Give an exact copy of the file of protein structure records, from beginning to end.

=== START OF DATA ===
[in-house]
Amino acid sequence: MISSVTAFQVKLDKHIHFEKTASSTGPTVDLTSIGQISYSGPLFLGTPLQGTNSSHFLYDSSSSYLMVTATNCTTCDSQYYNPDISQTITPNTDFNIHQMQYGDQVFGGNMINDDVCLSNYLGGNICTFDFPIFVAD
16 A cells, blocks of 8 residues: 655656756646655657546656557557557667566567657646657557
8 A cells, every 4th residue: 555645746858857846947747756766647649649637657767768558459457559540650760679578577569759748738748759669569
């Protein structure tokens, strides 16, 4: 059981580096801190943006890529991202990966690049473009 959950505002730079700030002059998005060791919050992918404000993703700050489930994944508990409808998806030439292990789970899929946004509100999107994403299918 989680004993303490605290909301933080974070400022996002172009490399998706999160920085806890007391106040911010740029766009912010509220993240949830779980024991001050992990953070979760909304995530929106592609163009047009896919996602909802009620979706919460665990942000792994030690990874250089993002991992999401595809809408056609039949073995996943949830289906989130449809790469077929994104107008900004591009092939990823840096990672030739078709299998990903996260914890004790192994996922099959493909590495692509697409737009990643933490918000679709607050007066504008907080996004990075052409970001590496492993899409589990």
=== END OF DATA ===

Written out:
[in-house]
Amino acid sequence: MISSVTAFQVKLDKHIHFEKTASSTGPTVDLTSIGQISYSGPLFLGTPLQGTNSSHFLYDSSSSYLMVTATNCTTCDSQYYNPDISQTITPNTDFNIHQMQYGDQVFGGNMINDDVCLSNYLGGNICTFDFPIFVAD
16 A cells, blocks of 8 residues: 655656756646655657546656557557557667566567657646657557
8 A cells, every 4th residue: 555645746858857846947747756766647649649637657767768558459457559540650760679578577569759748738748759669569
């Protein structure tokens, strides 16, 4: 059981580096801190943006890529991202990966690049473009 959950505002730079700030002059998005060791919050992918404000993703700050489930994944508990409808998806030439292990789970899929946004509100999107994403299918 989680004993303490605290909301933080974070400022996002172009490399998706999160920085806890007391106040911010740029766009912010509220993240949830779980024991001050992990953070979760909304995530929106592609163009047009896919996602909802009620979706919460665990942000792994030690990874250089993002991992999401595809809408056609039949073995996943949830289906989130449809790469077929994104107008900004591009092939990823840096990672030739078709299998990903996260914890004790192994996922099959493909590495692509697409737009990643933490918000679709607050007066504008907080996004990075052409970001590496492993899409589990």